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    GPS versus sextants ?
    From: Peter Fogg
    Date: 2002 Feb 5, 10:37 +1100

    The fragility of GPS is that it is the last link of two chains, of which each 
    link represents a complex piece of technology. One chain leads to the 
    satellites being up there and, we trust, continuing to do their job 
    perfectly. The other starts on board, with the availablity of clean fuel, 
    then the motor and/or the solar panels, progresses through the alternator 
    then the batteries via the fuses and the boat's electrical
    system. If any link of these chains fails then at best we are relying on batteries with finite lives.
    Yes sextants are fragile too, but they are a link in a chain that does not 
    depend (once the almanac has been published! - although there are 
    alternatives - extended almanacs are available) on complex technologies.
    But that's not the whole answer. Navigation is an art as well as a science. 
    Its just our approach that is scientific. The Polynesians had their own 
    approach, one that relied on taking a great interest in everything that was 
    around them. Every sailor does this to some extent too, for example 
    monitoring the direction of the swell and the wind as primary navigational 
    guides, independant of all instruments. The Polynesians
    developed this approach to such a level that they could detect land over the 
    horizon by the minute difference it would make to the swell, or the tinge of 
    green reflected from a cloud, as just one small example.
    One of the many horror stories I have heard about GPS involved a 'Sports 
    Cruiser' that went offshore and, hopefully, had a lovely time, zooming about. 
    To go home they invoked the waypoint for their port and at 20 knots, running 
    with flawless accuracy towards it, hit a reef.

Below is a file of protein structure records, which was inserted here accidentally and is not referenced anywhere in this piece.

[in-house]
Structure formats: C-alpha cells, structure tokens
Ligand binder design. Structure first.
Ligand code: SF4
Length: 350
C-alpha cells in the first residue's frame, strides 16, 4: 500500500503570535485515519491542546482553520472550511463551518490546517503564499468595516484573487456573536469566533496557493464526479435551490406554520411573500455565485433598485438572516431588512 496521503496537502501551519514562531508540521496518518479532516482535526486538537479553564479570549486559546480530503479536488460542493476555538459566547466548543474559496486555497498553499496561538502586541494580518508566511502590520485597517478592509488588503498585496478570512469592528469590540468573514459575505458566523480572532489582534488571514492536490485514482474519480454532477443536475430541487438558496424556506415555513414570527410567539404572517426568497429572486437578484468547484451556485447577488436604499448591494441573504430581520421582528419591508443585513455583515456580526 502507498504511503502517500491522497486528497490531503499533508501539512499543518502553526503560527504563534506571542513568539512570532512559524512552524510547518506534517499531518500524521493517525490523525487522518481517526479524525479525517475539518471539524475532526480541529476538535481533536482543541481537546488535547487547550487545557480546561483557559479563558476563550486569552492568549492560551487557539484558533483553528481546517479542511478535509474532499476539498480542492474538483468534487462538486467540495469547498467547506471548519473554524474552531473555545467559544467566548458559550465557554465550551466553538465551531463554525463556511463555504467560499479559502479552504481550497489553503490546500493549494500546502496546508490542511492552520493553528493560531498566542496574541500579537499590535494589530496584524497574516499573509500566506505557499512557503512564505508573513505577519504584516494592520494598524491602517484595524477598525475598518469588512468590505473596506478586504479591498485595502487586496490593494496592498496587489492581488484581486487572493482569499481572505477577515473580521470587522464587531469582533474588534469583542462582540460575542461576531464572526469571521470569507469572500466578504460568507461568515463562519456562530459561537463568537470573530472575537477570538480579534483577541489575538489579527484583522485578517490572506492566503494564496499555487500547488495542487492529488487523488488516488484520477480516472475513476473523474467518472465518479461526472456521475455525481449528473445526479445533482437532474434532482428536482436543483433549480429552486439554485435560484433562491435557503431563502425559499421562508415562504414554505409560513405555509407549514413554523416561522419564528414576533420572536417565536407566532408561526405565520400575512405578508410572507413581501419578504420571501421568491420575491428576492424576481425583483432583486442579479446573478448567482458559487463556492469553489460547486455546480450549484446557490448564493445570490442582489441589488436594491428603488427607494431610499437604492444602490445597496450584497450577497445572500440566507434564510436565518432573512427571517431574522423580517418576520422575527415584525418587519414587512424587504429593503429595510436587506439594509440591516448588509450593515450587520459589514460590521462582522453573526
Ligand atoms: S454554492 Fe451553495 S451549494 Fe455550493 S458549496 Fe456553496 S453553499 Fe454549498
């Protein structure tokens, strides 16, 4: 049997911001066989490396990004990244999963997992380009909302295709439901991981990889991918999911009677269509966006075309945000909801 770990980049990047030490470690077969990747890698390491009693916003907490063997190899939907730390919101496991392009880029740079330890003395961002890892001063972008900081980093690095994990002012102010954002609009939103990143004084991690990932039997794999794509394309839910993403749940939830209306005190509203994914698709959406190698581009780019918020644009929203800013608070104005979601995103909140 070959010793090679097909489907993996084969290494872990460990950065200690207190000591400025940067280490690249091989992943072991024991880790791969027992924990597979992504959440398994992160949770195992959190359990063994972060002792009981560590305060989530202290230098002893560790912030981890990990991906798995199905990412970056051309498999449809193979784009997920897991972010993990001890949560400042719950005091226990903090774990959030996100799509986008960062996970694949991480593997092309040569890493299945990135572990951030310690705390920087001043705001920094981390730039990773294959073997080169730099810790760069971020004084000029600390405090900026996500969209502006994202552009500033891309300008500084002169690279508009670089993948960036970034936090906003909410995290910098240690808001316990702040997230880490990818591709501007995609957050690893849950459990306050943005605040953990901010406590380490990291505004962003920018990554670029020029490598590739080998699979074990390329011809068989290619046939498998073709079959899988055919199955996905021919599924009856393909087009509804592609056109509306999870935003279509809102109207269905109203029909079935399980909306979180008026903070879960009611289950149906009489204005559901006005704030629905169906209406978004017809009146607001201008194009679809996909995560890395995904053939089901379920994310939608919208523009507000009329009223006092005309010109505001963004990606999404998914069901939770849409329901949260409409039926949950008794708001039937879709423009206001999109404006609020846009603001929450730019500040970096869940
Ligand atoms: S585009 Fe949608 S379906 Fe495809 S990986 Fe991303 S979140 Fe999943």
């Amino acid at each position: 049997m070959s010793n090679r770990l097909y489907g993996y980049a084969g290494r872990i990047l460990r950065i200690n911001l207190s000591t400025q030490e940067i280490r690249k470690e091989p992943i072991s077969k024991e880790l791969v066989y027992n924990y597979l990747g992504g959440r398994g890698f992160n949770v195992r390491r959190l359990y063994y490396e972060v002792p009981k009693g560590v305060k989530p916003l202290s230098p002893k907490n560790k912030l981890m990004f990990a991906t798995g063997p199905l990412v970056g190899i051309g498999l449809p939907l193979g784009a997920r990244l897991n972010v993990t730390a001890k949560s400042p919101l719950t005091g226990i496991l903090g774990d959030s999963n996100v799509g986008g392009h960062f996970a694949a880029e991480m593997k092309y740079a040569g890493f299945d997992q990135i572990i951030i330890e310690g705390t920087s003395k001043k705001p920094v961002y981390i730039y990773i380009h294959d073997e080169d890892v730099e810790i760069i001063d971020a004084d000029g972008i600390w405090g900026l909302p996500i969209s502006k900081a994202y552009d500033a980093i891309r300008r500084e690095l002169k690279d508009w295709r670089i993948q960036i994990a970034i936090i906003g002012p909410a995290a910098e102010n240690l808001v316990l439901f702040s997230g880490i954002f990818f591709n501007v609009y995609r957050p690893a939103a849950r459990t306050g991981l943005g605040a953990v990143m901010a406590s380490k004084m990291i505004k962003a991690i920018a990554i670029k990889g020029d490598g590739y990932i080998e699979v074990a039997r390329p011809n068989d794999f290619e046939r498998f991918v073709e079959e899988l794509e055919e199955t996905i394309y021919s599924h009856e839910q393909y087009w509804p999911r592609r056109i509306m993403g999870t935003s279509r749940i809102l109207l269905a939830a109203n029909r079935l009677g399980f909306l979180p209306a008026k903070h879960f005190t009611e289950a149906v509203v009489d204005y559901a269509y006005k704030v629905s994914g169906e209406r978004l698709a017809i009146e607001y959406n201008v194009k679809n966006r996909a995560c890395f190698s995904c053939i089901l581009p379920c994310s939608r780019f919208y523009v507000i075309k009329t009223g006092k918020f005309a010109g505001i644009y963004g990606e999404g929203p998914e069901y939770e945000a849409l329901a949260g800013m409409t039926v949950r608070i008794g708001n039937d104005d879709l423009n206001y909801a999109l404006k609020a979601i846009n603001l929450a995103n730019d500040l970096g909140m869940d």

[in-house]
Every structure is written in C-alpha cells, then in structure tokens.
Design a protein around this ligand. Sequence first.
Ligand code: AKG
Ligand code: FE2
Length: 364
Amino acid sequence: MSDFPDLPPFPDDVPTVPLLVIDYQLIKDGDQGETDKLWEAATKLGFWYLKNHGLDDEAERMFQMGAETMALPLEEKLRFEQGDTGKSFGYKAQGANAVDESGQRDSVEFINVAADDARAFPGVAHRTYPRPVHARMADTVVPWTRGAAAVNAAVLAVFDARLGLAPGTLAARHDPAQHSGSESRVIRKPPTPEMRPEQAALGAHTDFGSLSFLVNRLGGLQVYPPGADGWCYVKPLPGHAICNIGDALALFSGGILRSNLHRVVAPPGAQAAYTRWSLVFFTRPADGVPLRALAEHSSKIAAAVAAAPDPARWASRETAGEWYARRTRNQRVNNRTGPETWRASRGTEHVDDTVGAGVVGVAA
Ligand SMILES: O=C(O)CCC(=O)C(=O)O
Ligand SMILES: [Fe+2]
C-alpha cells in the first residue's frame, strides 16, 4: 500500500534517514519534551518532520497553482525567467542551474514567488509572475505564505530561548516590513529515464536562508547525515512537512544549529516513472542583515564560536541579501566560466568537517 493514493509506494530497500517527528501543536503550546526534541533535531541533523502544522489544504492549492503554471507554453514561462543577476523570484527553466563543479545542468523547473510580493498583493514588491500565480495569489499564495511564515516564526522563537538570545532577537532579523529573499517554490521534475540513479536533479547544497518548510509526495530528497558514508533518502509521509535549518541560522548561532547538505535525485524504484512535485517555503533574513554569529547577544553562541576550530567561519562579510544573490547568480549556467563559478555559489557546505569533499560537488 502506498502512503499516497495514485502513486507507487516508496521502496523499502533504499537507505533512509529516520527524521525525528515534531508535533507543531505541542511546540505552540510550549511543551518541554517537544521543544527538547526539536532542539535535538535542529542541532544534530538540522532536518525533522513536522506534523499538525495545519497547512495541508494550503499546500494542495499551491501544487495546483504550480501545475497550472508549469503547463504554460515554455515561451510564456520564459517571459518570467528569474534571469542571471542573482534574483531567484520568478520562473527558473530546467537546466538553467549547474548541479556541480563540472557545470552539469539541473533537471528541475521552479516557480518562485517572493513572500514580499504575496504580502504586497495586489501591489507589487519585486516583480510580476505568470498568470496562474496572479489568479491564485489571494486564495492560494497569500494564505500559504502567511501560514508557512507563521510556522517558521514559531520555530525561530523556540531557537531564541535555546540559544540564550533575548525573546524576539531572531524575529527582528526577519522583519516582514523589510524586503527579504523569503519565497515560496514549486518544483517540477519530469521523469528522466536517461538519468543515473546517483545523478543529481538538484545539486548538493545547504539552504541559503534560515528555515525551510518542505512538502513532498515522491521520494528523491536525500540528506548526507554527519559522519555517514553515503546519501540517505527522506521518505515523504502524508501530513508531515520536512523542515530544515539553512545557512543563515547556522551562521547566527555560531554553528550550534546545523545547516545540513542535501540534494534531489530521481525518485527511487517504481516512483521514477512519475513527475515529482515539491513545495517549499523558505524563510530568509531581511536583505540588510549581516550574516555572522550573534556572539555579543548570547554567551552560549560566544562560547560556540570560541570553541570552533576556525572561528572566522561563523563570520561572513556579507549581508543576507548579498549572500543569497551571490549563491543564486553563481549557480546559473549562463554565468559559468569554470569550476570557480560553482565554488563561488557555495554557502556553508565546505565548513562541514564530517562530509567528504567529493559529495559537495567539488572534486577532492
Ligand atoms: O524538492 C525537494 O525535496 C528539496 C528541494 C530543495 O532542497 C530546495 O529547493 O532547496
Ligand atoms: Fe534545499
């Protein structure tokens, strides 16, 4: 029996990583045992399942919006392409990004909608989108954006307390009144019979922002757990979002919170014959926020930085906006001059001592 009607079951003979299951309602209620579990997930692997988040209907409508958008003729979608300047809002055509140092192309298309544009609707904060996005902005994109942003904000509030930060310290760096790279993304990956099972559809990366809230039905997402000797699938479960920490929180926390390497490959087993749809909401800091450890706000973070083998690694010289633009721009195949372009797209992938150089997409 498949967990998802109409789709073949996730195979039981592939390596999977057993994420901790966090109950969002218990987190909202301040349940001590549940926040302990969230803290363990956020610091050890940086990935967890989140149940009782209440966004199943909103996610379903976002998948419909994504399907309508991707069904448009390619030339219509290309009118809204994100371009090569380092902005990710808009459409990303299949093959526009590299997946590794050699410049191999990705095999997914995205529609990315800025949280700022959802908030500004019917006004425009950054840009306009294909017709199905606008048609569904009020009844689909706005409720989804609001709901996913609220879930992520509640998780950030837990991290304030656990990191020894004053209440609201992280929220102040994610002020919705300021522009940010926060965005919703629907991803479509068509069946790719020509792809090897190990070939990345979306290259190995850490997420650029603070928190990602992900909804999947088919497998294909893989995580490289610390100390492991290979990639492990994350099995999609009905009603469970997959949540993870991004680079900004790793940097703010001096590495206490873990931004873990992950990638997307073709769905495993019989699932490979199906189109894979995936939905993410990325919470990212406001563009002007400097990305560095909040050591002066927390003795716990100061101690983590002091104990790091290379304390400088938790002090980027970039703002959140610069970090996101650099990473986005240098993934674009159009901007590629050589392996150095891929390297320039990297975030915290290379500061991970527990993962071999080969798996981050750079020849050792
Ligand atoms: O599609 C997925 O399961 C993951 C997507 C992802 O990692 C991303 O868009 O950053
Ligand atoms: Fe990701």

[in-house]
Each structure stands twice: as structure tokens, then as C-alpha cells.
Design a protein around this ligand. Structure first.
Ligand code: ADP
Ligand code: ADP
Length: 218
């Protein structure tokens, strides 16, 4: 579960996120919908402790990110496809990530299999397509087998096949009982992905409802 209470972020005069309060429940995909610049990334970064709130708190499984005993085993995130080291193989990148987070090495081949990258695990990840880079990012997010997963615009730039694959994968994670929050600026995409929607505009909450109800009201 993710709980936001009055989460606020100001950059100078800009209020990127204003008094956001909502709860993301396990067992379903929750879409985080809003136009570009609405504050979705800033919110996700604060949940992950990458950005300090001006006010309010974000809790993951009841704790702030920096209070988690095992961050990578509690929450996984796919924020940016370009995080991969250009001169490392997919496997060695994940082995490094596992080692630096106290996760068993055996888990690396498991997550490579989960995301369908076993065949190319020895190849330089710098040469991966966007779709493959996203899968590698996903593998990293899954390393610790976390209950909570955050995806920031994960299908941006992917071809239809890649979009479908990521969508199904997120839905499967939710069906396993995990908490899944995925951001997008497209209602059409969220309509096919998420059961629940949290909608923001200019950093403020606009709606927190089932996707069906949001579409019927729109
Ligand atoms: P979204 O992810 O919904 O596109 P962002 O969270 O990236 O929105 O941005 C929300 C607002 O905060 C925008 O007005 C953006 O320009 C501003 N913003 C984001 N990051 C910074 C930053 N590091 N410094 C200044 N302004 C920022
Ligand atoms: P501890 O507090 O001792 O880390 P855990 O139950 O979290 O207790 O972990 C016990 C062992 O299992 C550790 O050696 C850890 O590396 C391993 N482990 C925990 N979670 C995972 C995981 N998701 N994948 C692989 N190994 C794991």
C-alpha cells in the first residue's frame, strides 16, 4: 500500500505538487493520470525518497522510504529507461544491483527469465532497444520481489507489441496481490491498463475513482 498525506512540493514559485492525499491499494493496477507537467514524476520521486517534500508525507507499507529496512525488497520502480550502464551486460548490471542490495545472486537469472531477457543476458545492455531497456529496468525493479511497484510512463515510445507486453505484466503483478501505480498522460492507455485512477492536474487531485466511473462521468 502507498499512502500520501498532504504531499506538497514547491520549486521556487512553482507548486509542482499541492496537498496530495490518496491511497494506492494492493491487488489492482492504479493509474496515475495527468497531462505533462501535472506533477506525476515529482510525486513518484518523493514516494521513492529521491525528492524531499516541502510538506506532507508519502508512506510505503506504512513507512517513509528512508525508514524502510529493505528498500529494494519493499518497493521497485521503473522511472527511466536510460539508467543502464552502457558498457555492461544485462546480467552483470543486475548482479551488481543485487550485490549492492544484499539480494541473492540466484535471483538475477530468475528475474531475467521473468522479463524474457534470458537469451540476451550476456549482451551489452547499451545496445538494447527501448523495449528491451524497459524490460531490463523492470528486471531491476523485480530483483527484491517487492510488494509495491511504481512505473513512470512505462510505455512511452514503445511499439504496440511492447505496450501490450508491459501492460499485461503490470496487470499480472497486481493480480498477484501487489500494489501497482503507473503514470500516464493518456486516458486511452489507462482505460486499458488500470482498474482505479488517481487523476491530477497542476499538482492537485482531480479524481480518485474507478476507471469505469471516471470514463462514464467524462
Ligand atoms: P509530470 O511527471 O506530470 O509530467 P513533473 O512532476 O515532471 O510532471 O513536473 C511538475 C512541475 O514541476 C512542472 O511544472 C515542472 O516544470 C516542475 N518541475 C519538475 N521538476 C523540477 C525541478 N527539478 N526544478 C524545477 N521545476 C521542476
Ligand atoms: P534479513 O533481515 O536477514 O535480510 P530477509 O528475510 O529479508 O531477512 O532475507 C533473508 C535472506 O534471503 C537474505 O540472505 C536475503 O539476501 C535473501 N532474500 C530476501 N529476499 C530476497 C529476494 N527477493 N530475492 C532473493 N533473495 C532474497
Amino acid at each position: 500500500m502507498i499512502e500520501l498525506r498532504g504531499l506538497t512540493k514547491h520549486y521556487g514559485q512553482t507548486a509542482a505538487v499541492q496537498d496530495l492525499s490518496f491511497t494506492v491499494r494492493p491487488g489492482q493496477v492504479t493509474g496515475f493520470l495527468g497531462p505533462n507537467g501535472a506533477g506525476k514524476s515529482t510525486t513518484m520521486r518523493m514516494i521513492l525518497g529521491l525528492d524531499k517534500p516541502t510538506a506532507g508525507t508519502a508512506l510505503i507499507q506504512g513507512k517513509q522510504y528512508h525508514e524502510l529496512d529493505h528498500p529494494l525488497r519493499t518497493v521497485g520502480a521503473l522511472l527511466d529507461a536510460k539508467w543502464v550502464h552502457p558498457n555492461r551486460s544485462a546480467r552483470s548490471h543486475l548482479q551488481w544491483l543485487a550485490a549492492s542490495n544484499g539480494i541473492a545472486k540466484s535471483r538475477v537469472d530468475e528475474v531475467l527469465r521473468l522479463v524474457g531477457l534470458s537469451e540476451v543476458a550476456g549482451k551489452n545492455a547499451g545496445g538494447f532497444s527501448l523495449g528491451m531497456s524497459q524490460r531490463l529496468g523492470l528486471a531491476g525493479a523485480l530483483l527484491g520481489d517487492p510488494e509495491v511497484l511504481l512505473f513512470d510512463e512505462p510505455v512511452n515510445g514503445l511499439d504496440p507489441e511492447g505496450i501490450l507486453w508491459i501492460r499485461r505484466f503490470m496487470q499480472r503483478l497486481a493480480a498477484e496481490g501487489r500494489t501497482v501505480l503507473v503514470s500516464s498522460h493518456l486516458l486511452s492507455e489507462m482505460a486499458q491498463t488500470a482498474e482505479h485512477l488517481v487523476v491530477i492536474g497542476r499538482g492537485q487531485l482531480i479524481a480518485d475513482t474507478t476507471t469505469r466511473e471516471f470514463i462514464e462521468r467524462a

These are examples of a difference in attitude that has got nothing to do with 
    one technology over another.
    > Dan-
    >  Obviously I have some interest in celestial but when I hear  on a boat in mid-ocean with only it and no backup?> that arguement against 
    GPS holds no water. One can break a sextant quite easily, in fact I defy 
    anyone to drop a sextant 4' to a hard deck and then use it again. Most GPSes 
    can tolerate a similar drop, or at least a good fumble bouncing on one's 
    feet. Most sextants can't.
    >  If you have a sextant you need a backup, figure $500 for the first sextant 
    and $125 for the cheap Davis backup. That's enough money for six GPSes or 
    four GPSes plus two solar chargers, four sets of rechargeable batteries, and 
    a gross or so or regular batteries as well.
    >  Sorry, but "the dog ate my navigational instrument" doesn't have any 
    bearing on the choice of instrument, in fact it makes the GPS more "reliable" 
    since you can carry 4-6 of them for the price of a minimal sextant with 
    backup. As for the entire GPS constellation going down...if THAT happens the 
    odds are that WW3 has broken out or aliens have arrived with an attitude. In 
    either case navigation will be the least problem.

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